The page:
And when slut shaming actually happens, Twitter is nowhere to be found. After I was targeted in a video by right-wing YouTuber Jeremy “TheQuartering” Hambly, he claimed I was “posting loads of nudes” in “an attempt to ‘trap’ [his] viewers.” (He calls it the “trap trap,” as “trap” is a derogatory slur against trans women.) While I do occasionally post topless or half-naked photos on Twitter, it’s not because I’m an evil succubus games journalist trying to entice his followers to write mean comments for clout. It’s because, to quote my response tweet, “I’m a horny bimbo slut.”

It seems obvious that Hambly was trying to rally his followers to attack me by portraying me as inappropriately promiscuous, as if I was inviting their gaze. It’s subtle, but, in a roundabout way, he’s calling me a slut. And his followers know that. They replied by half-seriously asking where they could find sexually explicit pictures of me.

For the record, Twitter’s official policy on abusive sexual comments is that “you may not direct abuse at someone by sending unwanted sexual content, objectifying them in a sexually explicit manner, or otherwise engaging in sexual misconduct.” It allows “adult content,” defined as “media that is pornographic and/or may be intended to cause sexual arousal,” if it’s marked as sensitive. In its policy, Twitter does not specifically ban certain words or phrases.

And yet, Twitter’s algorithms pick up on words and language but not the ulterior motives behind its posters’ behavior. To date, Hambly’s tweet is still up.

https://twitter.com/acvalens/status/1133496441916334080

https://twitter.com/acvalens/status/1133499290234626049

Writers like myself are subversive. I write about Patreon porn accounts, erectile dysfunction medication for trans women, Overwatch players who enjoy in-game BDSM, and games with cute lesbians with even cuter dicks. Granted, publicly disclosing my sex life may not be interesting to everyone, and that’s fine. But queer women like myself have long suffered in silence about our sexual experiences, and openly talking about them for a living is liberating. It’s not so much like sharing a dream as it is exposing a deep shame. I’m openly embracing that pain to show others that it’s OK to be kinky, trans, and in love with your body.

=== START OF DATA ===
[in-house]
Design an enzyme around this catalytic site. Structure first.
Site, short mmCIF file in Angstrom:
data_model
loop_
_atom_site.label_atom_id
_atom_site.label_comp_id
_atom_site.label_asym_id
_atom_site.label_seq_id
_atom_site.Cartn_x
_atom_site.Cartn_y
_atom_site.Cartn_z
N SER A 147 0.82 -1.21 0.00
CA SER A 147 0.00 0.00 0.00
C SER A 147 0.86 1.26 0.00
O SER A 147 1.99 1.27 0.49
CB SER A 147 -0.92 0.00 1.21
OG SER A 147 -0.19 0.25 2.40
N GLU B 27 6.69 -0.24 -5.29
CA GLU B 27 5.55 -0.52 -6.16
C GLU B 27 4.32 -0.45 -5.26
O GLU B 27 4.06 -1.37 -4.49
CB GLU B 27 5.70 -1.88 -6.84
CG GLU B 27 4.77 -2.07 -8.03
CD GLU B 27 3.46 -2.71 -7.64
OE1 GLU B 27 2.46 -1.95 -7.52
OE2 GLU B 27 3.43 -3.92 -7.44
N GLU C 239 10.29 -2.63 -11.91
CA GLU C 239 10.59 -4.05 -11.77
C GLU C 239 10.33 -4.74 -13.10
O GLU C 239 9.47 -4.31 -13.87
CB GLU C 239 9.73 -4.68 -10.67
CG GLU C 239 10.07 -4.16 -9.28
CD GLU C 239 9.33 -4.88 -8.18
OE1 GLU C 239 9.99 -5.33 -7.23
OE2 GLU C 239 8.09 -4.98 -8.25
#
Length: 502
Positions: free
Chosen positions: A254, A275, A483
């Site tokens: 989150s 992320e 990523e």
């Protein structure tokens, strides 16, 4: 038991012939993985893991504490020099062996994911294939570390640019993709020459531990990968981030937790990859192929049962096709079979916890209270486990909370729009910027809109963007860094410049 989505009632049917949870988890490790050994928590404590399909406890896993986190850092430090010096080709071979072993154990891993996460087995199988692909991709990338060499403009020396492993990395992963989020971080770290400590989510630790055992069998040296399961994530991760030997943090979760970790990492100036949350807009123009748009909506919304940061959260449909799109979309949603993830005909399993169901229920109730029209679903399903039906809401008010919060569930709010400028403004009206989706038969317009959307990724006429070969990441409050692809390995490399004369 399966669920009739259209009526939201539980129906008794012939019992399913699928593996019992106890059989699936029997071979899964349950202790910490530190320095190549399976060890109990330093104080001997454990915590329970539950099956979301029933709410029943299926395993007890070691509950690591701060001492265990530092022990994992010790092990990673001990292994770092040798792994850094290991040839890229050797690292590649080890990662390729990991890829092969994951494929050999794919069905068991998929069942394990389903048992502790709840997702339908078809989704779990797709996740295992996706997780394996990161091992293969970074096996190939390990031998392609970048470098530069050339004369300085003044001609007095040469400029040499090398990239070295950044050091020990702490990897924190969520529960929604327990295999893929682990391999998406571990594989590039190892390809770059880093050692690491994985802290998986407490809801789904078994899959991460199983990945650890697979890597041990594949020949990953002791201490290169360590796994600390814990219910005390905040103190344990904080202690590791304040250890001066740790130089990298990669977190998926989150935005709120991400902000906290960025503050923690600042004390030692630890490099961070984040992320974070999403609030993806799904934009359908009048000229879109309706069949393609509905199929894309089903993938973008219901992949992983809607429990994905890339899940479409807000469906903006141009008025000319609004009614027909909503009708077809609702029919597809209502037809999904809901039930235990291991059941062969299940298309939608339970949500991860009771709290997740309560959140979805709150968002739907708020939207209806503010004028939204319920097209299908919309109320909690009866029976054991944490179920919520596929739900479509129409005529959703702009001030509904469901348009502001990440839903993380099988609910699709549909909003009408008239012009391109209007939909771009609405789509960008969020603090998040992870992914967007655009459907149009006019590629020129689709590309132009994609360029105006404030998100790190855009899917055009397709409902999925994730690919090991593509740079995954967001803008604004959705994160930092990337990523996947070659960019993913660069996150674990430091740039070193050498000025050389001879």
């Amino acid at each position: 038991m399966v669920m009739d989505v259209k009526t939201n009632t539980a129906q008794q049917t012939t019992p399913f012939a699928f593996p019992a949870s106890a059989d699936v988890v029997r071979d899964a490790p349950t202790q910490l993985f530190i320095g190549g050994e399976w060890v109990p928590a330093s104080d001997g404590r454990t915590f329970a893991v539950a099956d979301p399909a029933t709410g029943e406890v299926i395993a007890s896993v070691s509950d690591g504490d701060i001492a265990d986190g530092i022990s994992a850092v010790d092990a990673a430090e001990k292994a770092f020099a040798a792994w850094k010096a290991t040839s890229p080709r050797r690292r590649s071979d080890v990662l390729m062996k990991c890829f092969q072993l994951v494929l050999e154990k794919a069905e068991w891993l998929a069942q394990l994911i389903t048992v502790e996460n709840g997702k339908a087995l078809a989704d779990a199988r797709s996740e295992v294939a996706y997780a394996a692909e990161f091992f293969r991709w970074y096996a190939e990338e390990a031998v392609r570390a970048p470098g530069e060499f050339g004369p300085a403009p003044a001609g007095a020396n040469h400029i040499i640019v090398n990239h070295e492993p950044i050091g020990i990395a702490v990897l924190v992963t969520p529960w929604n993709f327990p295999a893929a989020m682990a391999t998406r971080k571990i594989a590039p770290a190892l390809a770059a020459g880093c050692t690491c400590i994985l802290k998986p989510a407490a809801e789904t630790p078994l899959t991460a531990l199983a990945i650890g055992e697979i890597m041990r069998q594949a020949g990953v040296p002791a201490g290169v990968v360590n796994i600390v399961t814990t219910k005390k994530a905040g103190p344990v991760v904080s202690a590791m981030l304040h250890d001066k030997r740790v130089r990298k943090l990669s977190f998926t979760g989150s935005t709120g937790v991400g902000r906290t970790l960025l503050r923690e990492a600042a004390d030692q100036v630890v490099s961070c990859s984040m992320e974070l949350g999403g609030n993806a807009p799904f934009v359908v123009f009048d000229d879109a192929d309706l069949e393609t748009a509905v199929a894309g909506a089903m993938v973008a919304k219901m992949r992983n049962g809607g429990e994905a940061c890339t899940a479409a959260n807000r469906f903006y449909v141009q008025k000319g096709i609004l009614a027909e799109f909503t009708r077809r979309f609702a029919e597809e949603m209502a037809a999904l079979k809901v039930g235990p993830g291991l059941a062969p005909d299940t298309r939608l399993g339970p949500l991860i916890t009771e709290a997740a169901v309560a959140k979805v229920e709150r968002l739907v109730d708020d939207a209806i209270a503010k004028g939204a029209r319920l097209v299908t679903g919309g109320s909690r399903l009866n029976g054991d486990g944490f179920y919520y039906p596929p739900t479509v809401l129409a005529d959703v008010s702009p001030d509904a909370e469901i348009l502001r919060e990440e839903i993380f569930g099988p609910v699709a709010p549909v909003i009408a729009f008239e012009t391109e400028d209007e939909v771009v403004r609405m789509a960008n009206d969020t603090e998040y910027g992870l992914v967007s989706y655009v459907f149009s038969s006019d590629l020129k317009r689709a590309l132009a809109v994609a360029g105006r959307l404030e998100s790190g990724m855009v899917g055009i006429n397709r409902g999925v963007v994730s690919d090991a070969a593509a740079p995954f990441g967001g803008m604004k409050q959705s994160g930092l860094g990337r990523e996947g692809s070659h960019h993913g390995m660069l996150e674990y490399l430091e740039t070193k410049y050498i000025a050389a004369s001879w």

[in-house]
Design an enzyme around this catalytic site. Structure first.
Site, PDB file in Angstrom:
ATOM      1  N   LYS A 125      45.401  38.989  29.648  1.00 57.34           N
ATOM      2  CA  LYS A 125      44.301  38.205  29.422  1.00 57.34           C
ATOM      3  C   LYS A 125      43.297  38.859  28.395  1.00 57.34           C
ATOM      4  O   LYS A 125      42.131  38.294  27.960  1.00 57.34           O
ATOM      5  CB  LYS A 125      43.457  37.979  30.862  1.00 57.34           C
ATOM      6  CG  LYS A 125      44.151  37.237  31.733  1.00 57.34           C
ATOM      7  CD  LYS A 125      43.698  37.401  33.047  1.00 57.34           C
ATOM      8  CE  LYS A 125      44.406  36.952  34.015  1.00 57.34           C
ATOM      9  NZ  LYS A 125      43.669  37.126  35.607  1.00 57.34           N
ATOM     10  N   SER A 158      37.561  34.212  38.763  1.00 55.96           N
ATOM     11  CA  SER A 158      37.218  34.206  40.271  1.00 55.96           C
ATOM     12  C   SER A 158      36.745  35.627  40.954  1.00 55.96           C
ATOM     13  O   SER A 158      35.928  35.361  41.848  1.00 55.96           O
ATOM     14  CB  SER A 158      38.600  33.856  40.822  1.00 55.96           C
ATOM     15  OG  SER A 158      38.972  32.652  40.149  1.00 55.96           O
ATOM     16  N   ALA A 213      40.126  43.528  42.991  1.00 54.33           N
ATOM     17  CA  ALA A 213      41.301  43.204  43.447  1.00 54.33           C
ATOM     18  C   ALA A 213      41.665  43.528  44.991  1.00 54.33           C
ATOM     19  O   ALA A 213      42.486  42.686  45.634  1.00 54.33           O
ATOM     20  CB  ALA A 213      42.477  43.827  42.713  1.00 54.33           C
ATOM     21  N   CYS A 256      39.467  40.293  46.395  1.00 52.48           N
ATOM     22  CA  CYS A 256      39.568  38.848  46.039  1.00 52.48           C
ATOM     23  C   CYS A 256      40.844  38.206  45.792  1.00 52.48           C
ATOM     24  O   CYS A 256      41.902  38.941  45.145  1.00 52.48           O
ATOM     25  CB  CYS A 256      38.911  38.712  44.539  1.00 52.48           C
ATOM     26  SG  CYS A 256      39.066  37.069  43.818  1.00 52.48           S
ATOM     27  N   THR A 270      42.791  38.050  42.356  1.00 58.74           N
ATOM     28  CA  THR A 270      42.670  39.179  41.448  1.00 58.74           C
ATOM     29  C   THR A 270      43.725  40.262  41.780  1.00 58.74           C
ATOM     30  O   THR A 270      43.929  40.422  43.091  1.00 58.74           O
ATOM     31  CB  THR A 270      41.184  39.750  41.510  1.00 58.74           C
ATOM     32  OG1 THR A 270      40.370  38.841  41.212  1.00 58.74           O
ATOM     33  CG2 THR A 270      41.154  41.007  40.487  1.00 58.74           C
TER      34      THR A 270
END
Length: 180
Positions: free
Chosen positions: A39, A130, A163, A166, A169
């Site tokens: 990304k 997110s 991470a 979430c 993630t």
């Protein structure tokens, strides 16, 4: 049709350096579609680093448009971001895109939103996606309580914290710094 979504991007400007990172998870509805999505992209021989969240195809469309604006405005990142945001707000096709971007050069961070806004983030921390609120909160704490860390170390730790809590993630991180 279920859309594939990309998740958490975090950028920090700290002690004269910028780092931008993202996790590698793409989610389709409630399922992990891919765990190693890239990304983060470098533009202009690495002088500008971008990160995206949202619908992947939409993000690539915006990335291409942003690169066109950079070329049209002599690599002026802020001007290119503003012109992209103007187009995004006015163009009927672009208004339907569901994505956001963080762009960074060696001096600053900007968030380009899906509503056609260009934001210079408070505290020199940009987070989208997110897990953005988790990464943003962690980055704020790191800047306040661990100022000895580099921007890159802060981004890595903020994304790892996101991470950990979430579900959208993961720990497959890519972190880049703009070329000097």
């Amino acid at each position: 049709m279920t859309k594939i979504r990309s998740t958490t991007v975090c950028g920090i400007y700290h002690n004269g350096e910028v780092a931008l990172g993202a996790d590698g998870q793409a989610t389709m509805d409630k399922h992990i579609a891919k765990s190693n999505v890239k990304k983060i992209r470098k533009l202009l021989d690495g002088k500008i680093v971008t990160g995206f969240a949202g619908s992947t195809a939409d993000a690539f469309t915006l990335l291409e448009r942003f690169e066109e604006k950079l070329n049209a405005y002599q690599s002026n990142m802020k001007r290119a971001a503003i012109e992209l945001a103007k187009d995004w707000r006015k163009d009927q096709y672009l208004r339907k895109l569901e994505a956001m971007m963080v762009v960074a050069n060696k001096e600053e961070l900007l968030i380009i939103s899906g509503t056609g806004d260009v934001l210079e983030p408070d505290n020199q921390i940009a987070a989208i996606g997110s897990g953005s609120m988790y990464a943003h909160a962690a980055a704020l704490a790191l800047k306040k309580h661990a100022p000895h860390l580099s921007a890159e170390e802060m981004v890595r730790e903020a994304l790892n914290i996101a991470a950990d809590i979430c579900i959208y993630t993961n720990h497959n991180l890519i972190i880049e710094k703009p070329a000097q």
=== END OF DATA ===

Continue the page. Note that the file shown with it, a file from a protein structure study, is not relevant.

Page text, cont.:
In order to expose shame, sometimes we have to be able to reclaim certain slurs or joke about complicated topics. I call myself a slut, for instance, out of pride. Sex is awesome, and I love it. That doesn’t mean I’m completely sexually liberated. But openly stating my sexual preferences is an important and necessary thing for me as a trans woman. Punishing all users indiscriminately for using the word “slut” shuts out the women who need to use the term to joke about themselves and rewrite the word’s usage. Banning it forever just turns it into a permanent mark that sluts can never, ever own.

So yes, I’m upset Twitter banned me for 12 hours. But my suspension isn’t just about me. It’s a threat to anyone writing and reporting on identities. We need the room to use messy language and unpack its politics. When Twitter kills our sense of humor, it censors our ability to cope and survive in the world, too.

Update 5:04pm CT, June 6This article has been updated with additional comments from Jess Joho.

Update 12:25pm CT, June 7Within 24 hours of this article’s publication, trans Twitter user @leftistthot420 was suspended from Twitter for tweeting “thank you for representing the bimbo slut community” at me in relation to this article. The comment, which was obviously a joke between two friends, is ironic given Twitter’s apology for my initial suspension.

@leftistthot420 suspended @leftistthot420/Twitter

After I reached out to Twitter for comment, @leftistthot420 was unsuspended. 

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Ana Valens

Ana Valens

Ana Valens is a reporter specializing in online queer communities, marginalized identities, and adult content creation. She is Daily Dot's Trans/Sex columnist. Her work has appeared at Vice, Vox, Truthout, Bitch Media, Kill Screen, Rolling Stone, and the Toast. She lives in Brooklyn, New York, and spends her free time developing queer adult games.